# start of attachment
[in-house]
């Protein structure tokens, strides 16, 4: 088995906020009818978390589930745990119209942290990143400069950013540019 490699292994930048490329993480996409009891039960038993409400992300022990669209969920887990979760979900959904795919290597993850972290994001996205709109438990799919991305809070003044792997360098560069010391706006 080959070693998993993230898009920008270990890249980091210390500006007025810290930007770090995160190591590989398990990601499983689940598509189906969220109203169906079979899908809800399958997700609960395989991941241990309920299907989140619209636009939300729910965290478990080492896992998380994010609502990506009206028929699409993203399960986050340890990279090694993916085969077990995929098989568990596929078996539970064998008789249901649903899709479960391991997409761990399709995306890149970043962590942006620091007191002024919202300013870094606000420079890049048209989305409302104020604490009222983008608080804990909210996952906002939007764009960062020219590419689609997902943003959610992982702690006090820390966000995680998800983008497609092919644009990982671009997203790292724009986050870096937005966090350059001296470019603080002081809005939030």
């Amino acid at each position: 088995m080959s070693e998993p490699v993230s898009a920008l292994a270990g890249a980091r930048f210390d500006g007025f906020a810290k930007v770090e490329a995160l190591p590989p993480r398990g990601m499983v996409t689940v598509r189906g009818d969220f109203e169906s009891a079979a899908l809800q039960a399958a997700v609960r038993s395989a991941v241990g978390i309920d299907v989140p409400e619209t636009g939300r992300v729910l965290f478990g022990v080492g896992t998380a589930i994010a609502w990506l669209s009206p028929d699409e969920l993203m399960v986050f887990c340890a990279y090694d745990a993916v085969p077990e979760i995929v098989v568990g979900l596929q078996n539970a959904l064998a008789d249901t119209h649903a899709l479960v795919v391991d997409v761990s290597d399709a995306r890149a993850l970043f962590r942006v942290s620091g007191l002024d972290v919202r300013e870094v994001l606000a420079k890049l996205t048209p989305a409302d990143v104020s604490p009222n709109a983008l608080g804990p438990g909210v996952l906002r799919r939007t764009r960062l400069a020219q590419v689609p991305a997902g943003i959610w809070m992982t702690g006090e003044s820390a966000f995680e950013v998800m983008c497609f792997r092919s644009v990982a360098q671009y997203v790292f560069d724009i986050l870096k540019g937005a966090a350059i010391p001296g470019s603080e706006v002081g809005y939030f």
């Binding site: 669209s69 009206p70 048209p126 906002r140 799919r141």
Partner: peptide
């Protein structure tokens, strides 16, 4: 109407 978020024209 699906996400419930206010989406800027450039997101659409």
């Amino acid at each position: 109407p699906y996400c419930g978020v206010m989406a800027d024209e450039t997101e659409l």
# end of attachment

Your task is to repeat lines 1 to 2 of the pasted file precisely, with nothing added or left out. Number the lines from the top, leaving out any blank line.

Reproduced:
[in-house]
């Protein structure tokens, strides 16, 4: 088995906020009818978390589930745990119209942290990143400069950013540019 490699292994930048490329993480996409009891039960038993409400992300022990669209969920887990979760979900959904795919290597993850972290994001996205709109438990799919991305809070003044792997360098560069010391706006 080959070693998993993230898009920008270990890249980091210390500006007025810290930007770090995160190591590989398990990601499983689940598509189906969220109203169906079979899908809800399958997700609960395989991941241990309920299907989140619209636009939300729910965290478990080492896992998380994010609502990506009206028929699409993203399960986050340890990279090694993916085969077990995929098989568990596929078996539970064998008789249901649903899709479960391991997409761990399709995306890149970043962590942006620091007191002024919202300013870094606000420079890049048209989305409302104020604490009222983008608080804990909210996952906002939007764009960062020219590419689609997902943003959610992982702690006090820390966000995680998800983008497609092919644009990982671009997203790292724009986050870096937005966090350059001296470019603080002081809005939030």